Eugene Jarecki has directed two documentary films, “The Trials of Henry Kissinger” (2002, co-directed with Alex Gibney) and “Why We Fight” (which won the Grand Jury Prize at the Sundance Film Festival in 2005).
DOX: “You have directed both fiction and non-fiction films. Do you have a preference?”
EJ: They’re very different experiences and they reflect a different role for the artist in the society at large. We’re living in a time where truth – or at least the pursuit of truth that a documentary represents – is not only at times stranger and more interesting than fiction, but arguably more necessary. The world has a lot of fiction right now. We are deeply suffering from many of the prevailing fictions. So I’m less driven right now to increase the world’s supply of fiction and more driven to increase the world’s supply of non-fiction. That’s a very strong motivation. My choice is based on a sense that we are facing a number of significant emergencies that need people who have the ability, the means and the wherewithal to take the time to shine light on subjects of desperate concern. If those people can do that, they need to do it.
DOX: “So you believe that’s your responsibility as a filmmaker?”
EJ: Yes, and my responsibility came to me very specifically. I have a friend in New York who runs a restaurant. He talks politics while he prepares you very exotic soups. Early on when we were making “Why We Fight” he said, “I heard about that movie you’re making about the military industrial complex.” I said, “What do you think?” He said, “There’s a right way and a wrong way to make that movie. You seem to think that you’re part of some movement. I’m not going to argue with you about whether you are or you’re not but let’s say you are. In that movement, there are probably other people and everybody has a function. Your job is to be the guy with the flashlight and to shine it in dark corners. And the trouble is that because you’re a human being, you’re going to find things that are going to make you mad. And then you might get the big idea to use your flashlight like a stick to try and hit the forces that are making you mad. But those forces have always been built far out of your reach. That’s just the nature of it. And so you will flail your flashlight and the beam will never settle in any one spot long enough for anyone to perceive anything. So they will get nothing and you will fail.”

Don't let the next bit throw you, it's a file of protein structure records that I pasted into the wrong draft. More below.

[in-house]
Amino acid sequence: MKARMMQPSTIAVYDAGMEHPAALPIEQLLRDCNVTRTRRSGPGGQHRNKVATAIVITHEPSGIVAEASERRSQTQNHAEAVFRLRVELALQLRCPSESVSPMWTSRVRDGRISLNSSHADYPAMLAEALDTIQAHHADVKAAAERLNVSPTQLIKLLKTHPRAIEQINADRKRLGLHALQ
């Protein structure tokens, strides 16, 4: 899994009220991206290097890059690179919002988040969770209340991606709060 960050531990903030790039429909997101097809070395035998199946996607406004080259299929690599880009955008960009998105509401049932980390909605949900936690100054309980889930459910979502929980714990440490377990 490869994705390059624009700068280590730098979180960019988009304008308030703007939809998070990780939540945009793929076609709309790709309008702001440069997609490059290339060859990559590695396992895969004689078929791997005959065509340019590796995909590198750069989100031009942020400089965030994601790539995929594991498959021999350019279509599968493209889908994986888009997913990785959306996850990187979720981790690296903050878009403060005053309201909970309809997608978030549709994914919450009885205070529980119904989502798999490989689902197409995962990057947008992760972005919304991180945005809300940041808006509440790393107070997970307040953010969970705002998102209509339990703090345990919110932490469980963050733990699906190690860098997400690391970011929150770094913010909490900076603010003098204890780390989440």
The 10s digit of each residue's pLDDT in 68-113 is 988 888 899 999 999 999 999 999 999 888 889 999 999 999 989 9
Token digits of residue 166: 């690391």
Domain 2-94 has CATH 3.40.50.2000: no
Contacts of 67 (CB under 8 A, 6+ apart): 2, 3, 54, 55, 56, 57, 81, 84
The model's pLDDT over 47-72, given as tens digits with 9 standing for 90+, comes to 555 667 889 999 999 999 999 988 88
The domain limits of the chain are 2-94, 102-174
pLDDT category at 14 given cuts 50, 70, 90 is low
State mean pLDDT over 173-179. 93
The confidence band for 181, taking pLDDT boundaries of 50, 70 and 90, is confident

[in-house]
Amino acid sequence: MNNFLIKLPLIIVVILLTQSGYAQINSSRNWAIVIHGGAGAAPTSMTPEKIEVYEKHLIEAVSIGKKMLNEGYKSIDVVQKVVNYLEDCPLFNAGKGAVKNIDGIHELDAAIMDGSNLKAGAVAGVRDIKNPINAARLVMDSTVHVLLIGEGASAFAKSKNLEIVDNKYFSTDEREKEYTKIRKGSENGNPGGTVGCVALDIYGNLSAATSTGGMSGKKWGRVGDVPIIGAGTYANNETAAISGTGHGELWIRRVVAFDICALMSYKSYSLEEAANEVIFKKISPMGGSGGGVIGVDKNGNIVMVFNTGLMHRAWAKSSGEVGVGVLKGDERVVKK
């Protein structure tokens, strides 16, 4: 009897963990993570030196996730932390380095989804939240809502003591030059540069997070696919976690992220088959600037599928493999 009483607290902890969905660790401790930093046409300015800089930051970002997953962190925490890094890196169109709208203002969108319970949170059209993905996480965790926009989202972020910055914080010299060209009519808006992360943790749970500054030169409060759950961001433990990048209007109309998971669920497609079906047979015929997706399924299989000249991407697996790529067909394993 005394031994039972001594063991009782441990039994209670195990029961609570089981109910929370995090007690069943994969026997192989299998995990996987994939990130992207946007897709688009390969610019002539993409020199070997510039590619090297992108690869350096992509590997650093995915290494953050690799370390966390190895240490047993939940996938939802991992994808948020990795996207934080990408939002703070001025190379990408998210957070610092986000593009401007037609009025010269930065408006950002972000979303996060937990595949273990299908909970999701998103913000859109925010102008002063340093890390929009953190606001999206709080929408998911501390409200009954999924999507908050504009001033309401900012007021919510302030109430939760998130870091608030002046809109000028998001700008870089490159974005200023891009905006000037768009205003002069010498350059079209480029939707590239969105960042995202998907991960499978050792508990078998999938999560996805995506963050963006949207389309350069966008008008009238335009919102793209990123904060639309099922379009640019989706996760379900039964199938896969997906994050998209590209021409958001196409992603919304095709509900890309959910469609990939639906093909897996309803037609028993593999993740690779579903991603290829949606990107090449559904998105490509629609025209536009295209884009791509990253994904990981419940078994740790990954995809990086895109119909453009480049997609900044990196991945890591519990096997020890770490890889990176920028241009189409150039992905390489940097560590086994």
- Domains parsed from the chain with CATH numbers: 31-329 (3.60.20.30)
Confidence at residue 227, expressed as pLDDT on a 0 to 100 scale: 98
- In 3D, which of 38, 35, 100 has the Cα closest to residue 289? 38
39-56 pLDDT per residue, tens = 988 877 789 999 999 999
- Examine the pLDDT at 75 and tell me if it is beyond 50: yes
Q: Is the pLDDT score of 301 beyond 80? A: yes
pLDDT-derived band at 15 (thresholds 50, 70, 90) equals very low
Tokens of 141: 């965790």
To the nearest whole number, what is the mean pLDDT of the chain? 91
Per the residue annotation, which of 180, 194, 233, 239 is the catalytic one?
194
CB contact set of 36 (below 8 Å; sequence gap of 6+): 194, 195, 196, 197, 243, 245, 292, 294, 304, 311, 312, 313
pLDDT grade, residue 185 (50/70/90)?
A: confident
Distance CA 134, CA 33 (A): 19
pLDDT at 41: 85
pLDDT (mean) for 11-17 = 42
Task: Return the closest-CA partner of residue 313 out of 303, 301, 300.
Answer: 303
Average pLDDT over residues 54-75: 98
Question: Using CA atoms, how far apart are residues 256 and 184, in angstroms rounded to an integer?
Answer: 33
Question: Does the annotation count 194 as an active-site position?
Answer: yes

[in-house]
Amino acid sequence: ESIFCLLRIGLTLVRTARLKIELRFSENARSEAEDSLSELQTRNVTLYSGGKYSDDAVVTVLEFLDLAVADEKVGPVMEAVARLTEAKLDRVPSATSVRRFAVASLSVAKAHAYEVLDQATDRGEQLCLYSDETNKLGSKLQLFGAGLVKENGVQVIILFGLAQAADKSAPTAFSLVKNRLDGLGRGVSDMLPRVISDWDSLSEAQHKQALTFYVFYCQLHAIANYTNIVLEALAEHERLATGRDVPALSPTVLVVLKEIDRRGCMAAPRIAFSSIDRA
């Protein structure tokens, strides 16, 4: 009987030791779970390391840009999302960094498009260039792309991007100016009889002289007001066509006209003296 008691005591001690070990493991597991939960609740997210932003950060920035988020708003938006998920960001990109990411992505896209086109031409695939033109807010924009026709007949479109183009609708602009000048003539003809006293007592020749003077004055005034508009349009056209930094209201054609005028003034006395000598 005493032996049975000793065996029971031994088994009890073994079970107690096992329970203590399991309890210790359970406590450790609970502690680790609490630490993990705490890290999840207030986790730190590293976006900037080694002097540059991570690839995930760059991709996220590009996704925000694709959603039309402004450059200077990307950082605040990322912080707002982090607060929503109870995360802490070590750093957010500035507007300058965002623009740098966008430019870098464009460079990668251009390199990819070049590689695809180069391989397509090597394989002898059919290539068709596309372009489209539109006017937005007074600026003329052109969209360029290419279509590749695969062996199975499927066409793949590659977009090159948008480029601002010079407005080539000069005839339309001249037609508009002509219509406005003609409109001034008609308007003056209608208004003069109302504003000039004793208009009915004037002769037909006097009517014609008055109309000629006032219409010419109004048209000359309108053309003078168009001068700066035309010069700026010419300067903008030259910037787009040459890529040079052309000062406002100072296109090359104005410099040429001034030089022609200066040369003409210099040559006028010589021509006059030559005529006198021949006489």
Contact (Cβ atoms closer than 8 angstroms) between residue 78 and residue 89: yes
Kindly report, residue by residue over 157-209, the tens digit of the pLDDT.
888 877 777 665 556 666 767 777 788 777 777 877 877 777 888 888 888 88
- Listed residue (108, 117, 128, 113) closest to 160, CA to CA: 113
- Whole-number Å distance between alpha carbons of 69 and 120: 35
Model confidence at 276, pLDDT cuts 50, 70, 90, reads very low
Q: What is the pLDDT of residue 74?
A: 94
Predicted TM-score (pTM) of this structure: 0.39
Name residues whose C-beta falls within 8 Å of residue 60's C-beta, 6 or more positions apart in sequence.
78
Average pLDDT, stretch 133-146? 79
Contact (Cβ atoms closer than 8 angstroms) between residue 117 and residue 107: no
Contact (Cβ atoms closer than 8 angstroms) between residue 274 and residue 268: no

That advice haunted me in the editing of the film because it meant that I know the difference in a film, particularly a documentary that’s meant to be an ambush or a strike on something and something that is truly more reflective and more respectful of the nuance in any given situation. The absence of visible villains in “Why We Fight” is seen as one of the qualities of the film that most invite people to want to watch it. In many ways, that resistance to provide a simple villain derived from that advice to avoid using the flashlight to take a cheap shot.
DOX: “How were you able to gain access to such a wide range of people like Alexander Haig in The Trials of Henry Kissinger and Richard Perle in Why We Fight?”
EJ: Because the approach we take strikes the people as a departure from the usual simplified rant to which they’re accustomed to being subjected. And I make it very clear to them the kind of texture and complexity I’m trying to pursue. More often than not, just to get me off the phone, they agree to do an interview. It has to do with goodwill as a person. When I speak to people, they can say a lot of things but they will have a lot of trouble ignoring that I represent a longstanding tradition in America of tough love, deep-looking reflection, and a willingness to look at the country critically out of love. If they’re not ready for that approach, what are they working for? What are they fighting for? In a certain sense there’s almost a moral pressure in the approach I take that makes people drop their usual guard, which has been put there as an adaptation to the shrillness of contemporary discourse in Washington and on television.
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